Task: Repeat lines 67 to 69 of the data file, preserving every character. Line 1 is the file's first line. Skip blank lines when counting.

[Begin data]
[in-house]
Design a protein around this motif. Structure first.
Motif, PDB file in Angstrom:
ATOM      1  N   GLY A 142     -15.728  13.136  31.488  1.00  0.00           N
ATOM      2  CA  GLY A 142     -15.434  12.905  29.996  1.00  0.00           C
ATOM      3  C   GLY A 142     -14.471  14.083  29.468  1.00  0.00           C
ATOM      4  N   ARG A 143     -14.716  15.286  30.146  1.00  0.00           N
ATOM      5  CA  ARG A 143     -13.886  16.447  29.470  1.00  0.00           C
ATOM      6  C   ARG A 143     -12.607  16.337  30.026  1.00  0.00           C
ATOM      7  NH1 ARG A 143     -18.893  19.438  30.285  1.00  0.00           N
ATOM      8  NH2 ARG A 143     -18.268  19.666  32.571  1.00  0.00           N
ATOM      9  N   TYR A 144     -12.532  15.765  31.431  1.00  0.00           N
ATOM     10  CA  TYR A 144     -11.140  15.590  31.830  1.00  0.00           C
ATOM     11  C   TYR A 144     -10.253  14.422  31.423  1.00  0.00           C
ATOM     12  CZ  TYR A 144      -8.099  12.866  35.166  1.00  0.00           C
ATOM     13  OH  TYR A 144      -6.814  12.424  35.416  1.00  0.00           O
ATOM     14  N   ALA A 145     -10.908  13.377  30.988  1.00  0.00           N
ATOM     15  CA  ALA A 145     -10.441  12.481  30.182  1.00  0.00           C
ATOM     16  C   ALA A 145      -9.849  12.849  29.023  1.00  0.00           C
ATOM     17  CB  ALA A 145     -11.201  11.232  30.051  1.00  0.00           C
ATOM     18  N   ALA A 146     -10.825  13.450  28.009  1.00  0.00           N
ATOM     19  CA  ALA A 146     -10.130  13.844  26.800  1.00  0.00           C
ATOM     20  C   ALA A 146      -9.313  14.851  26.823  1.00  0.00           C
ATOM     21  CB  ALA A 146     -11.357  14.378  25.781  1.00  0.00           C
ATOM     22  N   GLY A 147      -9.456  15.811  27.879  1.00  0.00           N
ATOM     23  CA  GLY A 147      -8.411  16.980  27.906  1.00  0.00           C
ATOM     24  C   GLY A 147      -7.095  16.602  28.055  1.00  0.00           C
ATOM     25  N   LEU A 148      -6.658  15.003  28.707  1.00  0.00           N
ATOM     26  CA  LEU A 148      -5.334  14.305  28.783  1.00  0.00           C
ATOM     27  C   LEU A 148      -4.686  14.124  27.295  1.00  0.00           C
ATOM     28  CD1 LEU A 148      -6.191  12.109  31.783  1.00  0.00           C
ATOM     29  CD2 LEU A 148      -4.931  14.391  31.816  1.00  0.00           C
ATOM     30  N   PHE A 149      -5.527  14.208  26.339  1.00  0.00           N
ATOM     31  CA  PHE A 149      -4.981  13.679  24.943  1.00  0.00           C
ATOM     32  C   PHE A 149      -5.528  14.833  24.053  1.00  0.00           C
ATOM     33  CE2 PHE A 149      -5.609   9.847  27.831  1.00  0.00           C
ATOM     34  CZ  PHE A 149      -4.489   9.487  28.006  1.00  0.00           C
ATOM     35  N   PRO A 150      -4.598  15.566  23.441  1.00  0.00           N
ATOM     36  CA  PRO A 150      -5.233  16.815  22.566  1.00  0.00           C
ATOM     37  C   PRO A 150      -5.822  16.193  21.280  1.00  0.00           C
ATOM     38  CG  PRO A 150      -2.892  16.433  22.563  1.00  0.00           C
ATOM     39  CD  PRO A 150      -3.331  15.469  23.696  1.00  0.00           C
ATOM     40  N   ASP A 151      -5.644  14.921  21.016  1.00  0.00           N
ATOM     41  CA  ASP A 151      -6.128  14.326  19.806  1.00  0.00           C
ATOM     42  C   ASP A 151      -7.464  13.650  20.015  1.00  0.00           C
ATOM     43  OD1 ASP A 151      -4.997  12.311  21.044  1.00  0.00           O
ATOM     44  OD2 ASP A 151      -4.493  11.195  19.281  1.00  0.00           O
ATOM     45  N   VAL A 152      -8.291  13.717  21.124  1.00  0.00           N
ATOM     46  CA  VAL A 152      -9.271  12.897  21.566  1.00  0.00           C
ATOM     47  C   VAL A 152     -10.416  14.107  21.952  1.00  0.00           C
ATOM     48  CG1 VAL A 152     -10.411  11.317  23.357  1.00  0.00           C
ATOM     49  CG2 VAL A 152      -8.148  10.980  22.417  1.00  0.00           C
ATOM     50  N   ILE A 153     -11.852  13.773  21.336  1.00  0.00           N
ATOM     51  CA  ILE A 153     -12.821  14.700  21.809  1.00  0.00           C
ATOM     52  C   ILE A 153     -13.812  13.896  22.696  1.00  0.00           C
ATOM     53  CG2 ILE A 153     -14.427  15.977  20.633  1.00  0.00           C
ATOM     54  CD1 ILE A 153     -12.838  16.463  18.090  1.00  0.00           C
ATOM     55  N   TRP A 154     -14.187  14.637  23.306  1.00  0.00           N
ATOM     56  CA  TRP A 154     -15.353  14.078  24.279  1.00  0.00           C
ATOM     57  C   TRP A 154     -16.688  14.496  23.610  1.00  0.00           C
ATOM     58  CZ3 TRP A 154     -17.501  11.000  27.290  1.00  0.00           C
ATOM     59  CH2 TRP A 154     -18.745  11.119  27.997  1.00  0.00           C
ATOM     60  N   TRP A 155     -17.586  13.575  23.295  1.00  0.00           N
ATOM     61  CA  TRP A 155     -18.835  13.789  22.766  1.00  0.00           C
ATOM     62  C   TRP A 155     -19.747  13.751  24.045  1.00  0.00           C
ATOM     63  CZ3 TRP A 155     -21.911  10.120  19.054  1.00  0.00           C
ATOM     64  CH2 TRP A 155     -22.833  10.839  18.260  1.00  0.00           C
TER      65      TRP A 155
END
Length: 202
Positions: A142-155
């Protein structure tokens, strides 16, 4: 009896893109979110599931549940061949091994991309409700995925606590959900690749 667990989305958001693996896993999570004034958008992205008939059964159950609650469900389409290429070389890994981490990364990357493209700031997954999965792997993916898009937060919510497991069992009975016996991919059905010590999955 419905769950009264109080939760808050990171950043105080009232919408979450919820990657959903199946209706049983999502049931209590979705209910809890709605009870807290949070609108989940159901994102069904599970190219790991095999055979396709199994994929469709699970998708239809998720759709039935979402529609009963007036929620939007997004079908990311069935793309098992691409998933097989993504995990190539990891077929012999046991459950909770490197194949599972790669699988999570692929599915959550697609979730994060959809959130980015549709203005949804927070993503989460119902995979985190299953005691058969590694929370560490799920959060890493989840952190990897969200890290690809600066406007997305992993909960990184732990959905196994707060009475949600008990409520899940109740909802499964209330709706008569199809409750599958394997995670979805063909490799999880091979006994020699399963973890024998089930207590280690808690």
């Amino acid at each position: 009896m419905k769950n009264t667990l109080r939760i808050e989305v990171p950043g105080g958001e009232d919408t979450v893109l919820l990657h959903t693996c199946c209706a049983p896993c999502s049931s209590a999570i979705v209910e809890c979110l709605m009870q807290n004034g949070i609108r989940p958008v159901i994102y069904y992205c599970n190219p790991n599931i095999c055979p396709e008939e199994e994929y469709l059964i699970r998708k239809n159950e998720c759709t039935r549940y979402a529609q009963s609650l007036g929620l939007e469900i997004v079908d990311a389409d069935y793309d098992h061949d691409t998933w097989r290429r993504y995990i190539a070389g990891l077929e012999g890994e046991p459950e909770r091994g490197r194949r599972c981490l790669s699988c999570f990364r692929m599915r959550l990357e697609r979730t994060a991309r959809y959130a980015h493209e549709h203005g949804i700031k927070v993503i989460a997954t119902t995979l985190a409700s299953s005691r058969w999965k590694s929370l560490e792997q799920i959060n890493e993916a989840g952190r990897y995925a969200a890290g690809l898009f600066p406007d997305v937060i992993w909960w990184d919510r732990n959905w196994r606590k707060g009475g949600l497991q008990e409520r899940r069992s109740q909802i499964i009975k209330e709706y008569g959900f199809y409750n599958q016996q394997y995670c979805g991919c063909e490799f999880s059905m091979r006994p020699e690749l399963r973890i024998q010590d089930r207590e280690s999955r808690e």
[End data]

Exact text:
ATOM     64  CH2 TRP A 155     -22.833  10.839  18.260  1.00  0.00           C
TER      65      TRP A 155
END